Having teeth removed is rarely a pleasant experience, but that does not mean you will be in pain long after the appointment is over. In fact, many people return to their daily activities relatively quickly after extractions. If you are undergoing multiple extractions in one dental visit, you may want to know what is normal and what is considered abnormal before you make it to the dentist's chair. This guide will help you understand the norm.
- Do you have missing or damaged teeth? If so, they're probably affecting your ability to eat and speak. They also may influence your willingness to smile and impact your self-confidence. Damaged teeth can also cause long-term health complications. If you're not chewing your food sufficiently, you could face stomach issues in the future. Your remaining teeth could deteriorate as they're forced to pick up more of the slack. Fortunately, there are steps you can take to address your missing or damaged teeth.
- If your dentist has just informed you that a dental crown will be necessary to save one of your teeth, he or she will then let you know about the different types of materials from which crowns are made. Many people choose ceramic or resin crowns because of their whitish color; in fact, your dentist will match the crown material to the surrounding teeth in your mouth to make it virtually indistinguishable from your natural teeth.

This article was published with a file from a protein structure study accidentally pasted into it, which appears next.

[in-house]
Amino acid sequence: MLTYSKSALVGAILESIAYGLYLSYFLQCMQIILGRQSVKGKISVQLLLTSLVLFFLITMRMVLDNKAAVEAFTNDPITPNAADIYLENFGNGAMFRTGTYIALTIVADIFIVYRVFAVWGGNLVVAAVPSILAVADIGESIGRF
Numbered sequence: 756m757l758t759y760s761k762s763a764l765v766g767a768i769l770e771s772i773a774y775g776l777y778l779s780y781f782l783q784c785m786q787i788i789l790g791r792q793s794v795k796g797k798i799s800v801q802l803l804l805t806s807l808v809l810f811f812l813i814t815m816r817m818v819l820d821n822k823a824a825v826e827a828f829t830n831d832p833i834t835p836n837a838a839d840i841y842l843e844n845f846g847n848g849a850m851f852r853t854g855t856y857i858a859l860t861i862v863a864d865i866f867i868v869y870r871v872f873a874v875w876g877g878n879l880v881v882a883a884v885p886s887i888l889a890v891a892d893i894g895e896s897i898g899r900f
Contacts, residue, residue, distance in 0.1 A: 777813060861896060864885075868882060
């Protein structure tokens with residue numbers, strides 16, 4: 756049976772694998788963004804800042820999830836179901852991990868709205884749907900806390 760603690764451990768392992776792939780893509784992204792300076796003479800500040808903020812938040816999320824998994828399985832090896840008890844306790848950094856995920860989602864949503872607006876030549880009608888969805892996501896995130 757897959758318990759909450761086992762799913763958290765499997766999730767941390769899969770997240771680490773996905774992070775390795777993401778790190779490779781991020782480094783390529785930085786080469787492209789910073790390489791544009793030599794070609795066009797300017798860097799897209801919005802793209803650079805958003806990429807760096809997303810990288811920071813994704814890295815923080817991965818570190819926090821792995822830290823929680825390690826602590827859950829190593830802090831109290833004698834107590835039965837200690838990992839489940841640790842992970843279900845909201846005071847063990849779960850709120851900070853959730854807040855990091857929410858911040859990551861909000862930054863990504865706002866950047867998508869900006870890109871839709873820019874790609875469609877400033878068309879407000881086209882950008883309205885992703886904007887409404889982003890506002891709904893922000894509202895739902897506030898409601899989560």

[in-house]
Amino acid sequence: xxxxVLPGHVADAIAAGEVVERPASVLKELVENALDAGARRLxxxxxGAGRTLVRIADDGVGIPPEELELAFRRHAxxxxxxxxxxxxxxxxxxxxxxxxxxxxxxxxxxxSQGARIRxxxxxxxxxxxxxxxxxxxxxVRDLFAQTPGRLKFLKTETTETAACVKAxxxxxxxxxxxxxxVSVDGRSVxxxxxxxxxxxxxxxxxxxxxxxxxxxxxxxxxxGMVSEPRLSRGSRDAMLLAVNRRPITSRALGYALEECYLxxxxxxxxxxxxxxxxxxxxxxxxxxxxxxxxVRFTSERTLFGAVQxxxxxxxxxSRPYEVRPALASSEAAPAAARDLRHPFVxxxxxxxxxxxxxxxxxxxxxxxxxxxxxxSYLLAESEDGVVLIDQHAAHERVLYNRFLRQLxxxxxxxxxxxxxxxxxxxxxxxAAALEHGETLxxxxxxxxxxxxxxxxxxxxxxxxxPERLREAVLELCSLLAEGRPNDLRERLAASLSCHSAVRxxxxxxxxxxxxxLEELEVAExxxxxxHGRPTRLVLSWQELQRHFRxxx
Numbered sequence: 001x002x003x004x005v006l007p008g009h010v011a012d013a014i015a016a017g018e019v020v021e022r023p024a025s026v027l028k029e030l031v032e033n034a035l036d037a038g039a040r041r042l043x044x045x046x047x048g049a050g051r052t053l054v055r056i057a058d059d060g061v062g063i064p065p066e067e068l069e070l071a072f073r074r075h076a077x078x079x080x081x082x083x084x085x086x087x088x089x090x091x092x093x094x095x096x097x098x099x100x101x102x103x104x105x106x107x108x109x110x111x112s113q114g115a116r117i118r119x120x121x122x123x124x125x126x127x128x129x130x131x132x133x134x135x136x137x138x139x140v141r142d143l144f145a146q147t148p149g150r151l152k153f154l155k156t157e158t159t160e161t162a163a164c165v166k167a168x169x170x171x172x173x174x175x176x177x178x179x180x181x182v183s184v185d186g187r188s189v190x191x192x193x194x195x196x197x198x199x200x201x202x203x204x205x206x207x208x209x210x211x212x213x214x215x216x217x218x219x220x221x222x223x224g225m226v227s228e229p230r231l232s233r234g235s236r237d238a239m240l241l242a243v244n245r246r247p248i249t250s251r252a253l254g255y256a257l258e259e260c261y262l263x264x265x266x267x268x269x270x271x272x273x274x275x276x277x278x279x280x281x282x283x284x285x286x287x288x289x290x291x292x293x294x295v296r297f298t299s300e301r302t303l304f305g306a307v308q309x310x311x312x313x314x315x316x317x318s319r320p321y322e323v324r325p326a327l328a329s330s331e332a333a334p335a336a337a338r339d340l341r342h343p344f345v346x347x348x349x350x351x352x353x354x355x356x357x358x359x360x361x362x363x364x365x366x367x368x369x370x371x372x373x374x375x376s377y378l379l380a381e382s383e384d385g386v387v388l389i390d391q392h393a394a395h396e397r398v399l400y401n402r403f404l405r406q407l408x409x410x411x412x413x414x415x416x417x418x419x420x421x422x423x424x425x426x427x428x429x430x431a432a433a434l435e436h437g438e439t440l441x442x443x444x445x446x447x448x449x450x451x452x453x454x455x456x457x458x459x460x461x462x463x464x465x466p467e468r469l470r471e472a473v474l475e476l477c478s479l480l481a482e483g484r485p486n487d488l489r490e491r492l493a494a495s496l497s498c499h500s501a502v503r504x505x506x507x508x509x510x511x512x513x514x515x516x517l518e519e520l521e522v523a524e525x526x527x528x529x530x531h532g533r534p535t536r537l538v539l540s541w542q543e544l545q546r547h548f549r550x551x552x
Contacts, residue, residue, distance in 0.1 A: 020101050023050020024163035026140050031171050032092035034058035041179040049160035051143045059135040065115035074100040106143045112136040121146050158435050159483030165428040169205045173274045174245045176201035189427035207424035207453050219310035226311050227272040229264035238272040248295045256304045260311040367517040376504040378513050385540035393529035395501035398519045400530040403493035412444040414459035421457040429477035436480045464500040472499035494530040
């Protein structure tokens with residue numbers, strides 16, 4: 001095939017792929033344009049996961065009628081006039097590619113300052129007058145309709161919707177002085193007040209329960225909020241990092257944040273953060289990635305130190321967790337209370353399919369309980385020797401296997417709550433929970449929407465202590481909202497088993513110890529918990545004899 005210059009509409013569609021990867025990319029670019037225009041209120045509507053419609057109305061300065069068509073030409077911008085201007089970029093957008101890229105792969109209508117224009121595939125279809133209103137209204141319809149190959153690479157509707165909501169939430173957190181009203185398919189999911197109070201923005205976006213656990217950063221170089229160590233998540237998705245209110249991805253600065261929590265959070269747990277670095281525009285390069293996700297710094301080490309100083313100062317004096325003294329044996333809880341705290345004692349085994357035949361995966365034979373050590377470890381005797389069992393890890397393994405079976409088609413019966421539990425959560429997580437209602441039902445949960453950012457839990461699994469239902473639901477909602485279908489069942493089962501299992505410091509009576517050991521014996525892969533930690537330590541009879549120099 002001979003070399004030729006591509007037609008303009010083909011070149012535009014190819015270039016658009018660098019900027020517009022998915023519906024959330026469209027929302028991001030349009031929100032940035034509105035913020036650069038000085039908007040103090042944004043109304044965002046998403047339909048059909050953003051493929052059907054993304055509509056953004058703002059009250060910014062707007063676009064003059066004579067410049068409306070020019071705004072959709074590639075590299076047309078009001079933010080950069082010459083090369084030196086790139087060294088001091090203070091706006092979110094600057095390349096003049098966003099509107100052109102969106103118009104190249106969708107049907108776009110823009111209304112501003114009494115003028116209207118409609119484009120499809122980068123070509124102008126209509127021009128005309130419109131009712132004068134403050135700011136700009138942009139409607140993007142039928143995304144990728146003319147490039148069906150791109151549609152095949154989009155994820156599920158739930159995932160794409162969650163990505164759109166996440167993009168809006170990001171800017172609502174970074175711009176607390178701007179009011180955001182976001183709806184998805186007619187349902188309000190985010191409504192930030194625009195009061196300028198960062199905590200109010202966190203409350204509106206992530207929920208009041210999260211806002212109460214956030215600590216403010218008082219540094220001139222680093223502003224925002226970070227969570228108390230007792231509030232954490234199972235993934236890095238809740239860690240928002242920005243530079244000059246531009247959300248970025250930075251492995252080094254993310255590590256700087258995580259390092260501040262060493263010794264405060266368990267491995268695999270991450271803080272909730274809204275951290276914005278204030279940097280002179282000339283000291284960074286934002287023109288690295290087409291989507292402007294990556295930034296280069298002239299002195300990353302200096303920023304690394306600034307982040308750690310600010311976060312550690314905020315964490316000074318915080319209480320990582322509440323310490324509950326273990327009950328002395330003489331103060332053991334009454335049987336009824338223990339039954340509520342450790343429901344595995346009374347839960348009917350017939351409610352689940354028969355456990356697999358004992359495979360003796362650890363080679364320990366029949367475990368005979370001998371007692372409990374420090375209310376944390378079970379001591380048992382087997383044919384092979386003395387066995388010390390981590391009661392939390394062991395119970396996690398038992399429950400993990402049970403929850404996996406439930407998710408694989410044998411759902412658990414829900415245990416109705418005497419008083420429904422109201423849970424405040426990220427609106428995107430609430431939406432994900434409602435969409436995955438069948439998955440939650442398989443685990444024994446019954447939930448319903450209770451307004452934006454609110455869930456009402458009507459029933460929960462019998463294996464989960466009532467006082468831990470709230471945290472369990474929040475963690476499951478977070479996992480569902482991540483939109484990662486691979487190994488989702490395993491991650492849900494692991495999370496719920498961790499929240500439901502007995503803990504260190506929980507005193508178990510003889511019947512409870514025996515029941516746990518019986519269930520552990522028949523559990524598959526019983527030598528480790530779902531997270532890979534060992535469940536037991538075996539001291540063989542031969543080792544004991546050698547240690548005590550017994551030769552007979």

- Brushing and flossing may clean your teeth, reducing the risk of cavities, decay, and gum disease, but cosmetic dentistry treatments may be necessary to improve the overall look of your smile. Today, more and more patients are seeing the benefits of an LED whitening treatment. Although common, you may not really understand the process or the benefits it offers. This guide will explain the LED whitening process and how it will benefit you.
- There are many problems that dental patients can experience at some point or another. There are a handful of dental problems that are particularly common, but patients may not know how to respond when they encounter these dental health issues for the first time. Jaw Pain Some patients may develop chronic pain in their jaws. This is often a problem associated with the joint or the tissue around the joint. Individuals that grind their teeth or otherwise keep the joint tense for long periods of time can be particularly prone to this problem.